Quote Originally Posted by Diapositivo View Post
That's very interesting, but very challenging for the DIY-challenged like me. I looked on search engines for PID-thermostat, PT100 sensor, I get what you mean, but how do one assemble all those things?

A PID-thermostat is something that controls boilers. How do I connect it to a heating element?
A PT100 sensor is shown (the one I found) with some kind of a round connector. How do I connect it to the PID-thermostat? Is the thermostat voltage-dependant? Do I need to earth some of the above?

Is there somewhere (maybe here on APUG, or somewhere else) a "dummy guide" that specifies exactly what one must look for (without margin for buying errors) and how to connect all the pieces, without margins for fires and shortcircuits? A guide that lets you go to the home-improvement store with a list of things to buy, and lets you assemble them at home, unfailingly well?

Things that look easy for those who know, look mysterious for those who don't know, you know
It's not really that hard. My pid-thermostat had screwconnectors for all cables. All you need is cable stripper pliers (or a knife/scissors) and a small screwdriver. But my thermostat is not chinese, so I don't know how to hook those up, some of them need an external relay, mine has an internal relay. I can take some pics in the morning if you like. The things you need aren't found in a home-improvement store though, I'm afraid. Well, maybe you can find a cooler that you can use.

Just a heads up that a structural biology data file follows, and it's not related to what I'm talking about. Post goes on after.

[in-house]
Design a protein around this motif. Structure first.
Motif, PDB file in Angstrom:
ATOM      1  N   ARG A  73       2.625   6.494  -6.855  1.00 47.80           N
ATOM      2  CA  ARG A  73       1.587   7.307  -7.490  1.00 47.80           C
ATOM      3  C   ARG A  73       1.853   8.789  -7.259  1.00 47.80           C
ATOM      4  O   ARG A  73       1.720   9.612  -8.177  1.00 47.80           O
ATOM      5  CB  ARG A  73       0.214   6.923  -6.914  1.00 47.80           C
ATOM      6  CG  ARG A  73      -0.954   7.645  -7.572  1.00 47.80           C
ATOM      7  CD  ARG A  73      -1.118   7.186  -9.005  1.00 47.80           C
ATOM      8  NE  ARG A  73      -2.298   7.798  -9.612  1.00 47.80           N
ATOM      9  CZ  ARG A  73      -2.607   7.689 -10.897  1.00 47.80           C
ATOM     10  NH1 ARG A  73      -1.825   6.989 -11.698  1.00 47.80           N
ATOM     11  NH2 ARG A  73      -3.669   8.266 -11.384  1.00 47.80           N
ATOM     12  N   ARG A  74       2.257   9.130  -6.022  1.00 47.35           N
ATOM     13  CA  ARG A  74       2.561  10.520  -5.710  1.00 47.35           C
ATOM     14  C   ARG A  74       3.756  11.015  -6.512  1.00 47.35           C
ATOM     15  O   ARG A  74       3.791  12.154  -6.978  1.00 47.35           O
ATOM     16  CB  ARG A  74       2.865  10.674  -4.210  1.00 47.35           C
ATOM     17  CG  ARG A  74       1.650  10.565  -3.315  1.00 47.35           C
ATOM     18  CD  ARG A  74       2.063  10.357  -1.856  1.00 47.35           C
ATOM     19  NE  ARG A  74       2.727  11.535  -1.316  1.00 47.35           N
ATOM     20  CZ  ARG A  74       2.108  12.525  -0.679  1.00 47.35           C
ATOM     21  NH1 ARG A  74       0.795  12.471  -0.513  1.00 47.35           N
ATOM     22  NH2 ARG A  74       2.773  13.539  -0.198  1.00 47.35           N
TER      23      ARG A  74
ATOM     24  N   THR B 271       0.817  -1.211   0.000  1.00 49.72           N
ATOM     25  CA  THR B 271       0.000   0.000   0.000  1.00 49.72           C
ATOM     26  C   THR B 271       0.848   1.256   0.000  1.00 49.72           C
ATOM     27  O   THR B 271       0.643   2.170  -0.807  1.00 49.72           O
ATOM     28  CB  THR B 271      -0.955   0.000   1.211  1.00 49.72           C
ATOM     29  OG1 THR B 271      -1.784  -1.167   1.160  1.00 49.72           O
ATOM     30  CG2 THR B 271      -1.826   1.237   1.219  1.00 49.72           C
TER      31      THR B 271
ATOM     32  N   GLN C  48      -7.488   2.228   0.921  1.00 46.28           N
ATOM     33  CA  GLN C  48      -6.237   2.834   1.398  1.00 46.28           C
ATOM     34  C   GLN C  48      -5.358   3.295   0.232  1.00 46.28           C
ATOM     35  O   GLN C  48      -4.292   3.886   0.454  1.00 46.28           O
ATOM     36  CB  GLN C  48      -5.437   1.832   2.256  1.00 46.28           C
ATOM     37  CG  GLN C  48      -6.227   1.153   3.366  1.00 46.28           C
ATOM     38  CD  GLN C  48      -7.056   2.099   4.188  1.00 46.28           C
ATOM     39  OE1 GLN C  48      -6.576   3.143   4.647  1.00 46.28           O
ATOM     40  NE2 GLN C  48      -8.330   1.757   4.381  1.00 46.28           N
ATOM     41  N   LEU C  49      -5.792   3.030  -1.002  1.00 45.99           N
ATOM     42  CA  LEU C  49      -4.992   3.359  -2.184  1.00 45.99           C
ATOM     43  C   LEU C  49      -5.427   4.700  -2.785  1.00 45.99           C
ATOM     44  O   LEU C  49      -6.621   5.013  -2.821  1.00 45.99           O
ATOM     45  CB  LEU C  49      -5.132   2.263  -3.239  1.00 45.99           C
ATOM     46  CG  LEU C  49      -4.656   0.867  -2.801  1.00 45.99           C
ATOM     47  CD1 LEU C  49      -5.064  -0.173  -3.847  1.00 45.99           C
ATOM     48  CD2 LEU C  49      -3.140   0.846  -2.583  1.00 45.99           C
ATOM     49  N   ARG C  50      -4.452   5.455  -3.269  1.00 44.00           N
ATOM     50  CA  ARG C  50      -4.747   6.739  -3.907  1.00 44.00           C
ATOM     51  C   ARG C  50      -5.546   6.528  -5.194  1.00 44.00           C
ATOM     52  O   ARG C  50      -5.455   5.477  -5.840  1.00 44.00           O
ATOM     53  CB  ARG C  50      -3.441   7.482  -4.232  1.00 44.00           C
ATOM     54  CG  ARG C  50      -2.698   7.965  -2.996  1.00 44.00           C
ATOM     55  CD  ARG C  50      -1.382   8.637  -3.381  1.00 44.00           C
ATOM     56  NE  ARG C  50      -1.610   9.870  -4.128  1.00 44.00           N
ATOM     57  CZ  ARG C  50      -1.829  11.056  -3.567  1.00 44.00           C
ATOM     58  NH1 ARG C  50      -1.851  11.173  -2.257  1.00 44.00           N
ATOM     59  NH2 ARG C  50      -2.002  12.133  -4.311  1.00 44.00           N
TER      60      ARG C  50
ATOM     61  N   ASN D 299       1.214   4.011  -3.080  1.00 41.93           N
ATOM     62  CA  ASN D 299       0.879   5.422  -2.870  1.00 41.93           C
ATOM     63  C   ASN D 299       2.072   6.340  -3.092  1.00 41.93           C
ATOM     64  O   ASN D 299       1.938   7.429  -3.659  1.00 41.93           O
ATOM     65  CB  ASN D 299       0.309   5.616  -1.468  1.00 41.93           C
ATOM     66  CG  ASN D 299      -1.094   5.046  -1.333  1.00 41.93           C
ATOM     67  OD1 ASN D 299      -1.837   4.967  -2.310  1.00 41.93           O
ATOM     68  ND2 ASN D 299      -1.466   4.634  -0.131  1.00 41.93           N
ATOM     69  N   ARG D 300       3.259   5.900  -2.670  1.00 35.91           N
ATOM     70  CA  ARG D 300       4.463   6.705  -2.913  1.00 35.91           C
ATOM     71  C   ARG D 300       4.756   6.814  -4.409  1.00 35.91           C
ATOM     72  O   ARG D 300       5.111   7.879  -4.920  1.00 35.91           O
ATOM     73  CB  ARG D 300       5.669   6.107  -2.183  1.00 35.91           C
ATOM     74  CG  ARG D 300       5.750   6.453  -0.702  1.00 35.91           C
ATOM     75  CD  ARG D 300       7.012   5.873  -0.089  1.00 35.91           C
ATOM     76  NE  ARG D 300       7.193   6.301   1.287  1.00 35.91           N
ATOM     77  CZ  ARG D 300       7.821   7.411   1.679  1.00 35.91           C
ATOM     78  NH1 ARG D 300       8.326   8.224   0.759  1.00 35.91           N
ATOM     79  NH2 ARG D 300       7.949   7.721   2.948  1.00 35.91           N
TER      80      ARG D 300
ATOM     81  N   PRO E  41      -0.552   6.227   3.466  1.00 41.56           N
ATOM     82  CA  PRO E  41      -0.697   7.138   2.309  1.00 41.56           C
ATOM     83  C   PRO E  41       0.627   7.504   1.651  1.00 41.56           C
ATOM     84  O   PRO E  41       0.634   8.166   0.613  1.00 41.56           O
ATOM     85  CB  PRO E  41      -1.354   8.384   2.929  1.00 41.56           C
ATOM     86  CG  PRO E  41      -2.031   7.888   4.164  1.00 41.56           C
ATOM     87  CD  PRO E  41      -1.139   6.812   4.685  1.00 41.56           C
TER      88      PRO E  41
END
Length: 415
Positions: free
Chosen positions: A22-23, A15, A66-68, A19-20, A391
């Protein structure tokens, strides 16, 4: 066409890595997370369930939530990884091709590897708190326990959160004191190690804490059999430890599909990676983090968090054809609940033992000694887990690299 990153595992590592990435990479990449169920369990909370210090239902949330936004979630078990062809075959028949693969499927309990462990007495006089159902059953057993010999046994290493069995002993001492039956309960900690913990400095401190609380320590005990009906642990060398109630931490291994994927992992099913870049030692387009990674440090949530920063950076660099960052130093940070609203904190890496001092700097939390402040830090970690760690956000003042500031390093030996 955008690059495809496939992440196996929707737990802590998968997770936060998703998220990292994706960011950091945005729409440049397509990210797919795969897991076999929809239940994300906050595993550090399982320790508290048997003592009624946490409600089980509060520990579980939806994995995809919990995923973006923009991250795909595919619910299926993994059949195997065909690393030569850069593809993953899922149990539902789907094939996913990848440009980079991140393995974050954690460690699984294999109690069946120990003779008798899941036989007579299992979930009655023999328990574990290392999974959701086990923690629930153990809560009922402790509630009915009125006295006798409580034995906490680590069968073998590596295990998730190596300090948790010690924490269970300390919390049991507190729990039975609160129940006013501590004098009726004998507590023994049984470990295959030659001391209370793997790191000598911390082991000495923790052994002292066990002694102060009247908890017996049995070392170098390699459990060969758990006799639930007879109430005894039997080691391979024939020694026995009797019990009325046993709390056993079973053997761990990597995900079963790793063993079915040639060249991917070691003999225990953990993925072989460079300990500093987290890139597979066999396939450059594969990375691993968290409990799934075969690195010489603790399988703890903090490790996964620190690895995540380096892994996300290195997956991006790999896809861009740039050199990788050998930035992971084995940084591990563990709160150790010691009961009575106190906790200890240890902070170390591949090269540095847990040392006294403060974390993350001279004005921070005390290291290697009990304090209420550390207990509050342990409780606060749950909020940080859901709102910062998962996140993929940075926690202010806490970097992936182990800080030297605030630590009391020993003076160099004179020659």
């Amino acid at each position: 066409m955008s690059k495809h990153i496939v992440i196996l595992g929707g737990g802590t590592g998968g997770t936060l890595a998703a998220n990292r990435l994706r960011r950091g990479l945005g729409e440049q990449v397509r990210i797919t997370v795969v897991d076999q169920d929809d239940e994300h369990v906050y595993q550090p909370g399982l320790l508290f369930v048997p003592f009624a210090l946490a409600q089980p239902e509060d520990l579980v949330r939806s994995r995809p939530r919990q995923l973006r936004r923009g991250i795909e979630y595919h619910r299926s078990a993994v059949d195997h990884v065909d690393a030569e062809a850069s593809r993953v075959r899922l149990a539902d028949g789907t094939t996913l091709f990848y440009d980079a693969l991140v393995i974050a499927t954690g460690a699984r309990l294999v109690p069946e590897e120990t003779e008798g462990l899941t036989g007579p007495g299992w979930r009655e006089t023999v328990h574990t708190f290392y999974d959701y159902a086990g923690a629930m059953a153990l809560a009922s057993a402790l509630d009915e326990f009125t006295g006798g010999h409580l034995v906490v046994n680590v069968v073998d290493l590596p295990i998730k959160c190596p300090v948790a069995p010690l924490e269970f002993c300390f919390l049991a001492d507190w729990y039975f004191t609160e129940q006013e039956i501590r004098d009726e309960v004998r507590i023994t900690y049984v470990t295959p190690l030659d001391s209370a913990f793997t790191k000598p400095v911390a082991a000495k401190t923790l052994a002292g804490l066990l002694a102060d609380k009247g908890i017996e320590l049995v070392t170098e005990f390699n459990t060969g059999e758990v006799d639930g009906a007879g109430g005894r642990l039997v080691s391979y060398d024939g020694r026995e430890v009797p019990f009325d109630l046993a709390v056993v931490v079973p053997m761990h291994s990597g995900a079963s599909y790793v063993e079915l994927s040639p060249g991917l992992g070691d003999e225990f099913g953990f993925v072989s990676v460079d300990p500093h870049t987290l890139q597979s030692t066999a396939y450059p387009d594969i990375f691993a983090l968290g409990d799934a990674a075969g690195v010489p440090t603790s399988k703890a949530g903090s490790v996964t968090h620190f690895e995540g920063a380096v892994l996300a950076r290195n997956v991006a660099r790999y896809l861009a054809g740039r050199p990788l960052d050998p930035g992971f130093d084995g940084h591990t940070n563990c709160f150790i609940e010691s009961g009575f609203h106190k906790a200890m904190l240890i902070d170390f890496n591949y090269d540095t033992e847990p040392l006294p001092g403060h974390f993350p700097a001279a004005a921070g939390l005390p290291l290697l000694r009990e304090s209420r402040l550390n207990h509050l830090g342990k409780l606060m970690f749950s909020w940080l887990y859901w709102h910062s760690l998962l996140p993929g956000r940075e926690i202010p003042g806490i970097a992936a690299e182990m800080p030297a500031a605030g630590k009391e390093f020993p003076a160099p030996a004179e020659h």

The ebaystore mixtea has sensors, SSRs and thermostats. The sensor is easy to hook-up, just remember to use shielded cable if you need to extend the cables. The thermostats he sells must be used with a relay, use a solid state one (SSR). There is a pdf on sestos site which tells you which terminals to use.

Basically you screw or solder the SSR (solid state relay) on to two terminals, your mains cables on to two terminals, and the sensor on to two terminals. And then you hook up your heating element to the SSR and mains (depending on how the SSR looks). Easy peasy.